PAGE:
The White House said Wednesday that U.S. troops in Syria have begun withdrawing, shortly after President Donald Trump tweeted said that the U.S. has defeated Islamic State in Syria.

White House spokeswoman Sarah Sanders said in a statement: “We have started returning United States troops home as we transition to the next phase of this campaign.”

Sanders said the defeat of IS does not mean the military campaign by coalition forces is ending.

“The United States and our allies stand ready to re-engage at all levels to defend American interests whenever necessary, and we will continue to work together to deny radical Islamist terrorists territory, funding, support, and any means of infiltrating our borders,” Sanders said.

Department of Defense spokesman Col. Rob Manning told VOA, “At this time, we continue to work by, with and through our partners in the region.”

A withdrawal of the troops would mark a sudden reversal in U.S. military strategy in the region. Defense Secretary Jim Mattis and other senior U.S. officials have been advocating for a longer-term military presence in Syria to help ensureIS cannot reemerge as a force in the Middle East.The U.S. has about 2,000 troops in Syria, many of whom work closely with an alliance of Kurdish and Arab militias known as the Syrian Democratic Forces.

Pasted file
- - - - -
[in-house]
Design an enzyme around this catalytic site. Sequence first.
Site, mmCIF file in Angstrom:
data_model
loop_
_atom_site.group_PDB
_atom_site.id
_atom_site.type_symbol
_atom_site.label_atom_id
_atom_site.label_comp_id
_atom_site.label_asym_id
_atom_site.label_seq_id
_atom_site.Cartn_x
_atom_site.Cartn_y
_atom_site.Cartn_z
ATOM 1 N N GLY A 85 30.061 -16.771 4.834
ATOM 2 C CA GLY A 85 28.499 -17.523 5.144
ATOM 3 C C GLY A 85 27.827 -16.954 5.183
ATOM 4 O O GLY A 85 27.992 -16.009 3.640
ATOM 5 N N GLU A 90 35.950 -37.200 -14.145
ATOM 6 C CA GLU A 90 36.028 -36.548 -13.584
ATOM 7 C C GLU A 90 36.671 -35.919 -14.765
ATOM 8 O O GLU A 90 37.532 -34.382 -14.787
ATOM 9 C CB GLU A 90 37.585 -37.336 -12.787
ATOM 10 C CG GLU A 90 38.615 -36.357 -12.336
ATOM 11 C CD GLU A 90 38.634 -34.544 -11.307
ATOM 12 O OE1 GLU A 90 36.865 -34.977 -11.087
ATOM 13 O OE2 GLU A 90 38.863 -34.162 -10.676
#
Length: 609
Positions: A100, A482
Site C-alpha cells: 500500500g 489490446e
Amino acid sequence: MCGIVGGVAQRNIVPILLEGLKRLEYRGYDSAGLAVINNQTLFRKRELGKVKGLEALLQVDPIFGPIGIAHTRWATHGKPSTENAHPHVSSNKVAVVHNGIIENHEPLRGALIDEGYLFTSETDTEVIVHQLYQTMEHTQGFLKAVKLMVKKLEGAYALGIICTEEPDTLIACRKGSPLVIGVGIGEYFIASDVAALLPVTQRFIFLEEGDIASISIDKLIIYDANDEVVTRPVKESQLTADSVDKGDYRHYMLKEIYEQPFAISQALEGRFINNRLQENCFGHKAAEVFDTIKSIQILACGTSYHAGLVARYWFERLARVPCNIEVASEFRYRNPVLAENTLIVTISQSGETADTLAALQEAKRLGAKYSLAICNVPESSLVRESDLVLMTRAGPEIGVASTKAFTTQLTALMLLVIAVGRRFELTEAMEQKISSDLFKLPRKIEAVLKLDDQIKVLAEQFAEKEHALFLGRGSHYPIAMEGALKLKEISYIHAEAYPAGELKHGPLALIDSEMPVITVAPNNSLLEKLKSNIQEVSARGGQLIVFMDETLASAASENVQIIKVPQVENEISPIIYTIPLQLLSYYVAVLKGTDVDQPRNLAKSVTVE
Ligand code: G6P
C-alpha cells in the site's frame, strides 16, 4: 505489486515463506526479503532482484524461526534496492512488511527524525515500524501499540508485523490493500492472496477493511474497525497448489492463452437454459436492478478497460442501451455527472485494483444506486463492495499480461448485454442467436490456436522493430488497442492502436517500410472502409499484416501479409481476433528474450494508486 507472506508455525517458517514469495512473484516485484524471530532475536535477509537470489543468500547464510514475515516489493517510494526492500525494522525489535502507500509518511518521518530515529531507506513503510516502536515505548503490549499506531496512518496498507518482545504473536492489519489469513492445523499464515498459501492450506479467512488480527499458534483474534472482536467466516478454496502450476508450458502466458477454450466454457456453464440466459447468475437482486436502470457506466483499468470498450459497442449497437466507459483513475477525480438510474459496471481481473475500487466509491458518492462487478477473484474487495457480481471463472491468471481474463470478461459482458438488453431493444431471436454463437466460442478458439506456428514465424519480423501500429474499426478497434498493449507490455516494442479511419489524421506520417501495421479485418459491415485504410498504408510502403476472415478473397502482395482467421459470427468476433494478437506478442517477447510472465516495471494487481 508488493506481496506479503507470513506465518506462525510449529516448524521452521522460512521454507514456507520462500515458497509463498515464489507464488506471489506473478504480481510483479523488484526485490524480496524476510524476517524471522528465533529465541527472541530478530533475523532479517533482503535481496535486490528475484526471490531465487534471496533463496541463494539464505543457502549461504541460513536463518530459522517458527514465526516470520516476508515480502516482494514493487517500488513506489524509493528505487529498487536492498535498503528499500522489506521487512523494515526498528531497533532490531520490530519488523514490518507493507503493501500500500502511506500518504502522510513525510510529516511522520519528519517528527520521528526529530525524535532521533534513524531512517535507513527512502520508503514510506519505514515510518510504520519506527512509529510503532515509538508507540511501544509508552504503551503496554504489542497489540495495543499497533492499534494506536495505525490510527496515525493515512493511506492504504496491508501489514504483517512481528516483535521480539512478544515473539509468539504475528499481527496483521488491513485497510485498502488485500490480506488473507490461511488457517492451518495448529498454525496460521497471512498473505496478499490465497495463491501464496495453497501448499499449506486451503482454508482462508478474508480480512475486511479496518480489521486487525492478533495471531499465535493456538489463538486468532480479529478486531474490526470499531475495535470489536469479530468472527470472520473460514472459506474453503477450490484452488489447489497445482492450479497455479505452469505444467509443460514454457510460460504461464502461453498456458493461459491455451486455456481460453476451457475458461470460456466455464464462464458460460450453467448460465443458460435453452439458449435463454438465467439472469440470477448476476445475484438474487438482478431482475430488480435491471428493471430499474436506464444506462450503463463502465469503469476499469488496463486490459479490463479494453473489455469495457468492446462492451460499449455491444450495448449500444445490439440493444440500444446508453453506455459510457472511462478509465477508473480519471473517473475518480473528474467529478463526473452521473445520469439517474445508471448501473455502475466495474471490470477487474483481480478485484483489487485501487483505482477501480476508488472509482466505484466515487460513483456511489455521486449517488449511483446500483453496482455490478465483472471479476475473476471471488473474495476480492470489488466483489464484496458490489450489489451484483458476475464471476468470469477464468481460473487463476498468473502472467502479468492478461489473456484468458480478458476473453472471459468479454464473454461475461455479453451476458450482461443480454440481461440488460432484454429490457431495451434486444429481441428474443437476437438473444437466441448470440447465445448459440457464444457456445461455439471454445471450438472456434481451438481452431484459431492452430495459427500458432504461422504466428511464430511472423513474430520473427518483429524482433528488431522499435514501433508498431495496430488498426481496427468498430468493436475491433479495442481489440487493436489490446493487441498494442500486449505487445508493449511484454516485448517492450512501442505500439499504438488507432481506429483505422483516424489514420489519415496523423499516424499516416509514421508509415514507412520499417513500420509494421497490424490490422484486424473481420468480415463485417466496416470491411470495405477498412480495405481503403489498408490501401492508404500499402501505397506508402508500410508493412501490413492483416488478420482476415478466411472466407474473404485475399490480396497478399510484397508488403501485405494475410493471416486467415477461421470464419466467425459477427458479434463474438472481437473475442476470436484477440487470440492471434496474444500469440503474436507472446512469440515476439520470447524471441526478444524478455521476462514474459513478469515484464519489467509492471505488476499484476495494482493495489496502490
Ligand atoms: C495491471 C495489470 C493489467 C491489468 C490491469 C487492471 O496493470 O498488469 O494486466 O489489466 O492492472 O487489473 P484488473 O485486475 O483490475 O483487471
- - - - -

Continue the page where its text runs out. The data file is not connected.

Reuters quoted a U.S. official as sayingthe State Department is evacuating all personnel from Syria over the next 24 hours and that the time frame for the troop withdrawal is 60 to 100 days.

Despite their preference for an ongoing military presence in the war-torn country, Trump has said he wanted to bring the troops home when possible.

Senate Armed Services Committee member Lindsey Graham, disagrees with the pullout.


​Former President Barack Obama drew the ire of Trump for withdrawing U.S. forces from Iraq before Iraqi forces collapsed at the hands of IS in 2014.

Sen. Rand Paul, a member of the chamber's Committee on Foreign Relations, also took to Twitter with praise for the president.


Harry Kazianis, a defense expert with the Center for the National Interest, said the Trump decision should not be seen as a shock.

"In fact, with President Trump promising to the American people he would act only in the national interest— and that U.S. forces have accomplished their objective to defeat the Islamic State — there was no reason for them to stay any longer," Kazianis said in a statement to VOA.

Mattis and State Department officials have expressed concern about leaving Syria before a peace agreement is reached to end the civil war that has claimed hundreds of thousands of lives and displaced about half of Syria's pre-war population of about 22 million people.

The withdrawal of U.S. troops comes as the U.S. approaches an end of a coalition campaign to recapture territory once controlled by IS.

While an alliance military campaign has defeated IS in Syria, the defeat has angered Turkey, a NATO ally, which is threatening a new offensive in Syria. Turkey considers the Kurdish forces in the alliance an extension of a militant group fighting inside Turkey.

A total pullout of U.S. troops from Syria would still leave the U.S. military with a sizable presence in the region, including more than 5,000 troops in neighboring Iraq.

Source: VOA news


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